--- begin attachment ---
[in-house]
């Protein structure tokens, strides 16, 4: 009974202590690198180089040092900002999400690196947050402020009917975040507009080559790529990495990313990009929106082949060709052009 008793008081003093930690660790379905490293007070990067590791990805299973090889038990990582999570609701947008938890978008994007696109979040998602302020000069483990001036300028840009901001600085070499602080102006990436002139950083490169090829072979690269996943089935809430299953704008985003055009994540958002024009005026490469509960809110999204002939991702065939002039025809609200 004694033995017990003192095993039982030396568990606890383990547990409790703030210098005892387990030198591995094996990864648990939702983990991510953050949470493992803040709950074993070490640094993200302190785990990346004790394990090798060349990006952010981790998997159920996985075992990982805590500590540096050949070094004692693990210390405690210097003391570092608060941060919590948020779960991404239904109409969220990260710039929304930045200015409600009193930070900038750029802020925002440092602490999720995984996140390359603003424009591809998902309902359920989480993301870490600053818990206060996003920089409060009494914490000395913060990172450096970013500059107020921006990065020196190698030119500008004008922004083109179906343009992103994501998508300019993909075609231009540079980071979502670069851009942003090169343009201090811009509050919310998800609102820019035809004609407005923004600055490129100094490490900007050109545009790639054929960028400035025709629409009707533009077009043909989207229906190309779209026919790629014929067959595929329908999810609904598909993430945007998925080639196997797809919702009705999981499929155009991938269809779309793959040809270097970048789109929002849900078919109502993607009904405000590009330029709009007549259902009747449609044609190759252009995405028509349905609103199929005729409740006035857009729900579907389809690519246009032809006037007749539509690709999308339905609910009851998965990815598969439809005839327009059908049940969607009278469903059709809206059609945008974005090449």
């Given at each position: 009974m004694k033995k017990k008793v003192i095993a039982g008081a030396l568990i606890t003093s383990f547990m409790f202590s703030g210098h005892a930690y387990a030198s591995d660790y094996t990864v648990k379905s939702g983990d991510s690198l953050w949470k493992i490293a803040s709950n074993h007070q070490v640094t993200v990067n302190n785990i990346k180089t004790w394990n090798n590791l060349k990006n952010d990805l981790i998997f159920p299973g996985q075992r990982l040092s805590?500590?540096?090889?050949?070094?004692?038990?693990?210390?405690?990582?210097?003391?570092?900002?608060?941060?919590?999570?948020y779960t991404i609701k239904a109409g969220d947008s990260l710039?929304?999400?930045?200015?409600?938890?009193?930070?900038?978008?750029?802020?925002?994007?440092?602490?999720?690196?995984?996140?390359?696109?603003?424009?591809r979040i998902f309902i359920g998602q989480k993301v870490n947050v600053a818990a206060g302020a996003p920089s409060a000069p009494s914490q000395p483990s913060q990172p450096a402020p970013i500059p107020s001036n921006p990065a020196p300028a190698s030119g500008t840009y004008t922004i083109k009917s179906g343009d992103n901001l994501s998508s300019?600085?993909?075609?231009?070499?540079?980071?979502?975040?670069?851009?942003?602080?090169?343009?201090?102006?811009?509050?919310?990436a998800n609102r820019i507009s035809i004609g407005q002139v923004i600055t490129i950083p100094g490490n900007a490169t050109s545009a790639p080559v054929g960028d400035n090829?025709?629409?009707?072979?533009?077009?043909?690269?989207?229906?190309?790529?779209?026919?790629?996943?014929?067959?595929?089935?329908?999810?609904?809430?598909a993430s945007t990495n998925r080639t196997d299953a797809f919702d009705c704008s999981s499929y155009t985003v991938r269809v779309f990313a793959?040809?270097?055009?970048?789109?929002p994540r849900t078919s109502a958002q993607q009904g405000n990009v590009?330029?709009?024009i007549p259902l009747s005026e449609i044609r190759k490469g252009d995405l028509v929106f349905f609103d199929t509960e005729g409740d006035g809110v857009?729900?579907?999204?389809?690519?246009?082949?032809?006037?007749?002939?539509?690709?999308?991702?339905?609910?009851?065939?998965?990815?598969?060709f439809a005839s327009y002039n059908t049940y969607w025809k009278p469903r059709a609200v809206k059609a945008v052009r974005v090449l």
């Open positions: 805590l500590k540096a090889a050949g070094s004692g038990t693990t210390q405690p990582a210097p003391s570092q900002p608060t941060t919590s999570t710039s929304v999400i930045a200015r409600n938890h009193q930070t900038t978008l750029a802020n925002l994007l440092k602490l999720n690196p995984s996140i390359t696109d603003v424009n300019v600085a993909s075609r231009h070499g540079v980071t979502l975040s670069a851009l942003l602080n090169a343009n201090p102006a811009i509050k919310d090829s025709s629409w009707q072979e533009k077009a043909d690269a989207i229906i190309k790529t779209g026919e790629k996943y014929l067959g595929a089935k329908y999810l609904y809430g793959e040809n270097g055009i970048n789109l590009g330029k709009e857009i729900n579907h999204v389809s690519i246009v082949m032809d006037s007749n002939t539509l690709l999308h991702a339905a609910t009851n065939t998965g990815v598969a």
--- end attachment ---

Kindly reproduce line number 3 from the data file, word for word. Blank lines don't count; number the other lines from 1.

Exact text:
């Given at each position: 009974m004694k033995k017990k008793v003192i095993a039982g008081a030396l568990i606890t003093s383990f547990m409790f202590s703030g210098h005892a930690y387990a030198s591995d660790y094996t990864v648990k379905s939702g983990d991510s690198l953050w949470k493992i490293a803040s709950n074993h007070q070490v640094t993200v990067n302190n785990i990346k180089t004790w394990n090798n590791l060349k990006n952010d990805l981790i998997f159920p299973g996985q075992r990982l040092s805590?500590?540096?090889?050949?070094?004692?038990?693990?210390?405690?990582?210097?003391?570092?900002?608060?941060?919590?999570?948020y779960t991404i609701k239904a109409g969220d947008s990260l710039?929304?999400?930045?200015?409600?938890?009193?930070?900038?978008?750029?802020?925002?994007?440092?602490?999720?690196?995984?996140?390359?696109?603003?424009?591809r979040i998902f309902i359920g998602q989480k993301v870490n947050v600053a818990a206060g302020a996003p920089s409060a000069p009494s914490q000395p483990s913060q990172p450096a402020p970013i500059p107020s001036n921006p990065a020196p300028a190698s030119g500008t840009y004008t922004i083109k009917s179906g343009d992103n901001l994501s998508s300019?600085?993909?075609?231009?070499?540079?980071?979502?975040?670069?851009?942003?602080?090169?343009?201090?102006?811009?509050?919310?990436a998800n609102r820019i507009s035809i004609g407005q002139v923004i600055t490129i950083p100094g490490n900007a490169t050109s545009a790639p080559v054929g960028d400035n090829?025709?629409?009707?072979?533009?077009?043909?690269?989207?229906?190309?790529?779209?026919?790629?996943?014929?067959?595929?089935?329908?999810?609904?809430?598909a993430s945007t990495n998925r080639t196997d299953a797809f919702d009705c704008s999981s499929y155009t985003v991938r269809v779309f990313a793959?040809?270097?055009?970048?789109?929002p994540r849900t078919s109502a958002q993607q009904g405000n990009v590009?330029?709009?024009i007549p259902l009747s005026e449609i044609r190759k490469g252009d995405l028509v929106f349905f609103d199929t509960e005729g409740d006035g809110v857009?729900?579907?999204?389809?690519?246009?082949?032809?006037?007749?002939?539509?690709?999308?991702?339905?609910?009851?065939?998965?990815?598969?060709f439809a005839s327009y002039n059908t049940y969607w025809k009278p469903r059709a609200v809206k059609a945008v052009r974005v090449l």